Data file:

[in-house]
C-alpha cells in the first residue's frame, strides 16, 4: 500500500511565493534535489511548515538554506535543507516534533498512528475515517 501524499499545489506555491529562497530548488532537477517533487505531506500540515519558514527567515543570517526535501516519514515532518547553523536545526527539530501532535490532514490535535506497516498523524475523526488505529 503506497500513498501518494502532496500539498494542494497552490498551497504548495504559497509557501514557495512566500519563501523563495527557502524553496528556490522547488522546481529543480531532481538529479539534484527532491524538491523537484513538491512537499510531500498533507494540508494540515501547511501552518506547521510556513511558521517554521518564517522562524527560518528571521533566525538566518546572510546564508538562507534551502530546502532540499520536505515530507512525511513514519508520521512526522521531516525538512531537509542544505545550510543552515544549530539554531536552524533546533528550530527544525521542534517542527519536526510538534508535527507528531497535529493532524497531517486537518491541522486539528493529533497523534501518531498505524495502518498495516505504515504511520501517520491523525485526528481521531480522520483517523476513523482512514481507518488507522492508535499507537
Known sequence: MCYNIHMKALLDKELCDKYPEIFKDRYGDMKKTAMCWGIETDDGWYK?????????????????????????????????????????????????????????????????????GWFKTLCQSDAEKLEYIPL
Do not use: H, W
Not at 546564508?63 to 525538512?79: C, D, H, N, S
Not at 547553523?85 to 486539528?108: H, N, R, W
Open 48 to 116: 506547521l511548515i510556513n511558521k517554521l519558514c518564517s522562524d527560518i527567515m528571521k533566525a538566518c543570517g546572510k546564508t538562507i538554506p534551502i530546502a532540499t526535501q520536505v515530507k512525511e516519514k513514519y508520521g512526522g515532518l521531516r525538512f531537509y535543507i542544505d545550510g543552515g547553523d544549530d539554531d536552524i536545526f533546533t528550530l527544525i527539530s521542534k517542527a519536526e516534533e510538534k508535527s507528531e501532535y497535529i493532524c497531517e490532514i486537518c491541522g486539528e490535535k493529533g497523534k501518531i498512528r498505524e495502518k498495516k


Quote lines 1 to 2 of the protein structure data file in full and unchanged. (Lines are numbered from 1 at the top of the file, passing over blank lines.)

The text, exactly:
[in-house]
C-alpha cells in the first residue's frame, strides 16, 4: 500500500511565493534535489511548515538554506535543507516534533498512528475515517 501524499499545489506555491529562497530548488532537477517533487505531506500540515519558514527567515543570517526535501516519514515532518547553523536545526527539530501532535490532514490535535506497516498523524475523526488505529 503506497500513498501518494502532496500539498494542494497552490498551497504548495504559497509557501514557495512566500519563501523563495527557502524553496528556490522547488522546481529543480531532481538529479539534484527532491524538491523537484513538491512537499510531500498533507494540508494540515501547511501552518506547521510556513511558521517554521518564517522562524527560518528571521533566525538566518546572510546564508538562507534551502530546502532540499520536505515530507512525511513514519508520521512526522521531516525538512531537509542544505545550510543552515544549530539554531536552524533546533528550530527544525521542534517542527519536526510538534508535527507528531497535529493532524497531517486537518491541522486539528493529533497523534501518531498505524495502518498495516505504515504511520501517520491523525485526528481521531480522520483517523476513523482512514481507518488507522492508535499507537